I ran a poll on Twitter recently, trying to ask this question in an open way, to see what people thought. I was surprised that a lot of folks not only voted, but also shared some strong opinions. This was the final vote count:
To be of value to #infosec community, must contributors be able to write code?— Kate Brew (@securitybrew) September 28, 2017
I tried to make it OK to vote "yes", since the InfoSec community is typically open and inclusive of all kinds of people, and I didn't intend for a "yes" vote to be construed as negative. Not sure I accomplished that goal, but in any case the comments offered were maybe even more telling of the community's views than the numeric result of the poll.
The question turned out to be much more controversial than I expected. Several people were adamant that coding, especially writing scripts to automate tasks, is an essential part of the InfoSec job. Then there were others who had more of the attitude of “it takes a village”, and suggested that many different skills are of value to InfoSec professionals.
Coding skills are clearly both valuable and valued
This poll changed my views on the necessary skills I would recommmend for those aspiring to work in InfoSec. The ablity to write code to automate processes would be advantageous for anyone trying to get into the field. At the same time, so would a background in network engineering, system administration or help desk. There are many paths that lead to InfoSec careers. Not everyone that works in InfoSec comes from a coding background, but the comments suggest that those who do find it helpful. And while not everyone in InfoSec is proficient in coding/scripting, this ability sure seems to help those who are.
It's not yes/no. There will be valuable jobs in infosec without coding. But there's non-decreasing number of roles that need code skills.— Paco Hope (@pacohope) September 28, 2017
Interesting Q. Im scanning through all the names of those who I think made the largest infosec contributions, and how many know how to code.— Jeremiah Grossman (@jeremiahg) September 28, 2017
— Jeremiah Grossman (@jeremiahg) September 28, 2017
The way things are going, the next generation will graduate from school knowing how to code.— Jen Savage (@savagejen) September 28, 2017
Coding skills allow folks in InfoSec to be more effective
Probably my favorite comment of the bunch, from Jeremiah Grossman:
Maybe in boils down to you don’t need to be able to code in order to contribute, but the biggest contributions are by those who can. Fair?— Jeremiah Grossman (@jeremiahg) September 28, 2017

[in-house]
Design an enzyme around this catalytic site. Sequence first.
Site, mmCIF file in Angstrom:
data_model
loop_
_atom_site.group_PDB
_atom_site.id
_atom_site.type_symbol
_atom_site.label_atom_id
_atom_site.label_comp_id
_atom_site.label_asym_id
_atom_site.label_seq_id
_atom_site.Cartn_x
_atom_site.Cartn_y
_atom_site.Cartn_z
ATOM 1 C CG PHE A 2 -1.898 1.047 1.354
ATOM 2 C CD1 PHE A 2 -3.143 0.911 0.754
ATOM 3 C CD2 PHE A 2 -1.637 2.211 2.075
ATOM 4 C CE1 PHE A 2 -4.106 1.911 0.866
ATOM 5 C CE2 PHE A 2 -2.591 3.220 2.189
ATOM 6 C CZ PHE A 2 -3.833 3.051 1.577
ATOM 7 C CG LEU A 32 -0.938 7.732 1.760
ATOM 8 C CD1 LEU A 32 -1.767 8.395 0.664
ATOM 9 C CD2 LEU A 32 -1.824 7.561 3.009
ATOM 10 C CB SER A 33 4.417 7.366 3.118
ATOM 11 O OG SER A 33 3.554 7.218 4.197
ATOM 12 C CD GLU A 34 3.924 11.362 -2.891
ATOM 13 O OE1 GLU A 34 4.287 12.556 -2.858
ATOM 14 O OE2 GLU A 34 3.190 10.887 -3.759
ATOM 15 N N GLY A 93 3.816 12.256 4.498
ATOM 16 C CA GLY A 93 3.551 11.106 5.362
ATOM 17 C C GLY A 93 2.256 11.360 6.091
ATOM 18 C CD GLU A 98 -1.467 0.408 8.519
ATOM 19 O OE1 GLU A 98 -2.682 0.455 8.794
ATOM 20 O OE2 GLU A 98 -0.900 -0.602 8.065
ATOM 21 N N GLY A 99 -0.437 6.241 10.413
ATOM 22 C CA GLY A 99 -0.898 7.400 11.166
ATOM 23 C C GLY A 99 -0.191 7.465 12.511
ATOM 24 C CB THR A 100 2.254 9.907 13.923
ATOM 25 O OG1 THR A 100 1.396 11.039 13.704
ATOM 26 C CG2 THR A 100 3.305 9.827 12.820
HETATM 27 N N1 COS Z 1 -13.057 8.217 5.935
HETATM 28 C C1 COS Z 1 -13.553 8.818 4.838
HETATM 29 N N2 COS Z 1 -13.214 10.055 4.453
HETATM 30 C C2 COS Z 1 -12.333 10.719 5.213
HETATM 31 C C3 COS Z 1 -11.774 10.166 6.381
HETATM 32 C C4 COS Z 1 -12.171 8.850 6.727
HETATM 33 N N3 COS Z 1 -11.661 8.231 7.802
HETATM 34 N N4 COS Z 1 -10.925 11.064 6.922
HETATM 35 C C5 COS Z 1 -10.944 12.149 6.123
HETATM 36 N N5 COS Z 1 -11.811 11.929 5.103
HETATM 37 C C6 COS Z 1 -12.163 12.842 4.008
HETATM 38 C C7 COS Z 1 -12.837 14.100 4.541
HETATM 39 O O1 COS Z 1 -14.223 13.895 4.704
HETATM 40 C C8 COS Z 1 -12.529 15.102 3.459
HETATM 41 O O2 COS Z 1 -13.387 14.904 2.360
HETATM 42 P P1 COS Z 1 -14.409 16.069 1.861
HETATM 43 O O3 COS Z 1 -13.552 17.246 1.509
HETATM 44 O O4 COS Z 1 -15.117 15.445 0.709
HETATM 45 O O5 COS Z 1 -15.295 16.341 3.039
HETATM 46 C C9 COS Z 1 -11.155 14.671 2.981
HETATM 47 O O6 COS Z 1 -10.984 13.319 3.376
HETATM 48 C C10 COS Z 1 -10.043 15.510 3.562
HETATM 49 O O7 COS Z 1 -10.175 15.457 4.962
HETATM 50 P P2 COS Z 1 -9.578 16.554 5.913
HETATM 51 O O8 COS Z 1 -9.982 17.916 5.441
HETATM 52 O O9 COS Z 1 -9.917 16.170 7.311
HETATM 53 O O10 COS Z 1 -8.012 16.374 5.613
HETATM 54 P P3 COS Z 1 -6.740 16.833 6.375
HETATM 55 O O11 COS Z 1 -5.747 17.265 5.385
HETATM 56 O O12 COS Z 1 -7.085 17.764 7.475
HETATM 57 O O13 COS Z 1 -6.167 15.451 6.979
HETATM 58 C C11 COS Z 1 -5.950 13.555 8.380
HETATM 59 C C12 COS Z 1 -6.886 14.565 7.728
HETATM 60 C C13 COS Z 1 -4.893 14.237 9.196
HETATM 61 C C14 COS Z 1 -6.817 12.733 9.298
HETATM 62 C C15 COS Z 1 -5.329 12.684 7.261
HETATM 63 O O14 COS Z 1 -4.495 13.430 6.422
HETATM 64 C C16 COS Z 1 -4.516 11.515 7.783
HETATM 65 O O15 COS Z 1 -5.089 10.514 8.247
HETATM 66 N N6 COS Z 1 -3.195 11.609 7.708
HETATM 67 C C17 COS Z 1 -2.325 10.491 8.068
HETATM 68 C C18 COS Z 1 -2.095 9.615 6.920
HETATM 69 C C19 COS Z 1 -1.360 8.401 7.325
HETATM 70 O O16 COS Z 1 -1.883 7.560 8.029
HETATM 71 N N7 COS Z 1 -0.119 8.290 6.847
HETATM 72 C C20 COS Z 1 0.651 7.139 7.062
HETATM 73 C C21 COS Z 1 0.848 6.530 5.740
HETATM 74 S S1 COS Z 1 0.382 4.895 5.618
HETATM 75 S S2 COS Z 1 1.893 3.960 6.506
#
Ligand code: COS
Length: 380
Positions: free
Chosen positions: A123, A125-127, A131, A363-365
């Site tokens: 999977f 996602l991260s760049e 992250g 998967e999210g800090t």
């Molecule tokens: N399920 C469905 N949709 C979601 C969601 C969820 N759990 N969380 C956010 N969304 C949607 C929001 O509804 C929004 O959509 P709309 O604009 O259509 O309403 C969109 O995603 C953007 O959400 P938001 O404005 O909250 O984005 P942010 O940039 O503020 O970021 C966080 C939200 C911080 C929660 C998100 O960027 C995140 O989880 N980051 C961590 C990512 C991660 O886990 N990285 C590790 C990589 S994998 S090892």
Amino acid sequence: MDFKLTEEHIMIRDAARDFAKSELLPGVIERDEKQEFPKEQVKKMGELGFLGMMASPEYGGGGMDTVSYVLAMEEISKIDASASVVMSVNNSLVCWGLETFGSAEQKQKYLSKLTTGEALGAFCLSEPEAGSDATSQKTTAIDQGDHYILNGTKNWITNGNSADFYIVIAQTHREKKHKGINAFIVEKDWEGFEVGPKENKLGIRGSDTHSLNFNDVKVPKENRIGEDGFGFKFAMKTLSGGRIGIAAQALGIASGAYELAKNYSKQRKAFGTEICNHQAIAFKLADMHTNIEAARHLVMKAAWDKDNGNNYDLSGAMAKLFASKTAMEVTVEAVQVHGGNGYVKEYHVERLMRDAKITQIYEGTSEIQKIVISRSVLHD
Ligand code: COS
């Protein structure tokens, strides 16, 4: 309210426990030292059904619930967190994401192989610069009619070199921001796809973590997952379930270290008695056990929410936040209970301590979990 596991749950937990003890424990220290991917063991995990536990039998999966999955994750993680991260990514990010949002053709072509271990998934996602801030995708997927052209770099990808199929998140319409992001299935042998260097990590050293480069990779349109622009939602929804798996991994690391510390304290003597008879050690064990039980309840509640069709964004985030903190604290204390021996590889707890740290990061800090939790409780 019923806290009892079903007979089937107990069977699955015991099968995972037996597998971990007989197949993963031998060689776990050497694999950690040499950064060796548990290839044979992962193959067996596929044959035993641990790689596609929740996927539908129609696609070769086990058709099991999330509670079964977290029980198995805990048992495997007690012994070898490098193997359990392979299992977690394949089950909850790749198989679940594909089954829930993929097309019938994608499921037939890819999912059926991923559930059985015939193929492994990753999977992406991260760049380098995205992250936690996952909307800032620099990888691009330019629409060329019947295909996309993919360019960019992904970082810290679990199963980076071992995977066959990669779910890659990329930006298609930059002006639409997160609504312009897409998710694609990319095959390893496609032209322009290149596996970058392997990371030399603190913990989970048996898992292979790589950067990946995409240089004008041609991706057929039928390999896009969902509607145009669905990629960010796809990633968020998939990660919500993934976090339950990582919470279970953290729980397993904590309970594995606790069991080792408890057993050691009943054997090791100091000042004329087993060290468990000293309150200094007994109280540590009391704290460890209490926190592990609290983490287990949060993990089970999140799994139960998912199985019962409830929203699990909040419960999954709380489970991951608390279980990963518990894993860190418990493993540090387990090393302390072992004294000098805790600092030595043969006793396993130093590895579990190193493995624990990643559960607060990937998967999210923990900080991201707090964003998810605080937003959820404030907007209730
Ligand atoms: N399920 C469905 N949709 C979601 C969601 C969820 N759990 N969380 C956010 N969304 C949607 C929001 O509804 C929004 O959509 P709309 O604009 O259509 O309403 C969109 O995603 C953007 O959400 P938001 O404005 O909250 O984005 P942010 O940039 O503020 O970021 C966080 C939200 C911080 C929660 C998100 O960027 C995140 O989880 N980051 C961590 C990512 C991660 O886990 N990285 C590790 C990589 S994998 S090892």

But quite a few folks either didn't like to write code or felt it was not a core competency. Here's one example, but there were many more. I particularly like how Andrew phrased his tweet!
I probably couldn't write any useful code if my life depended on it.— Andrew Shumate (@andrewshumate) September 28, 2017
Coding allows InfoSec folks to automate repetitive tasks
This is a critical point because humans are notoriously bad at consistently performing repetitive tasks without making mistakes. Plus, automation allows practitioners to do more important things, like analyze activity on their network and train users to show more restraint before clicking on everything they see,
InfoSec practitioners who can code can also automate patching and other security maintenance, set up controls to block certain recognized events at the firewall level, recognize events that should require taking a box offline and running additional scanning for vulnerabilities or malware. By being able to automate such tasks, the InfoSec practitioner is more likely to be able to sleep at night as well.
Automation is key, any scripting language is a plus. For InfoSec in depth technical knowledge in one or more areas is necessary.— Adrien de Beaupre (@adriendb) September 29, 2017
Again, great point. You'll want to reach a point where you start to automate and codify - that requires basic dev skills— Rafał Łoś (@Wh1t3Rabbit) October 7, 2017
Absolutely. Every boring repetitive task should be automated to insure against neglect and inconsistent performance..— C J Czelling (@CJCzelling) September 28, 2017
Honestly, coding skills help immensely. You don't have to be a wizard. Basic literacy is sufficient.— Bill Paxil (@Soulmech) September 28, 2017
Some specifics suggested
From reading all the comments and a few DMs, it looks like shell scripting, Python, Ruby and Powershell are recommended options. A practitioner wouldn't have to be proficient in all of these - proficiency in even one is likely to enable them to do accomplish required automation of tasks quite handily. Those in application security (AppSec) would of course have different coding proficiency needs.
I think it depends on the area of focus. I do feel that Python, shell scripting and Poweshell is important in a lot of areas.— Ken Westin (@kwestin) September 30, 2017
Learning PowerShell has definitely upped my game but I think that one can be successful as long as they have drive and passion— Bobby Everetts (@CERTainlyBobby) September 30, 2017
I'd advise anyone who is considering getting into InfoSec or already working in InfoSec to pick up at least one automation language / scripting capability. Does this suggest that those without coding skills are without worth to the community? Hell no! There are plenty of awesome jobs in InfoSec where coding isn't necessary. But if you're at university and have to choose between taking programming or basket weaving, you should probably wait until retirement to start making those baskets!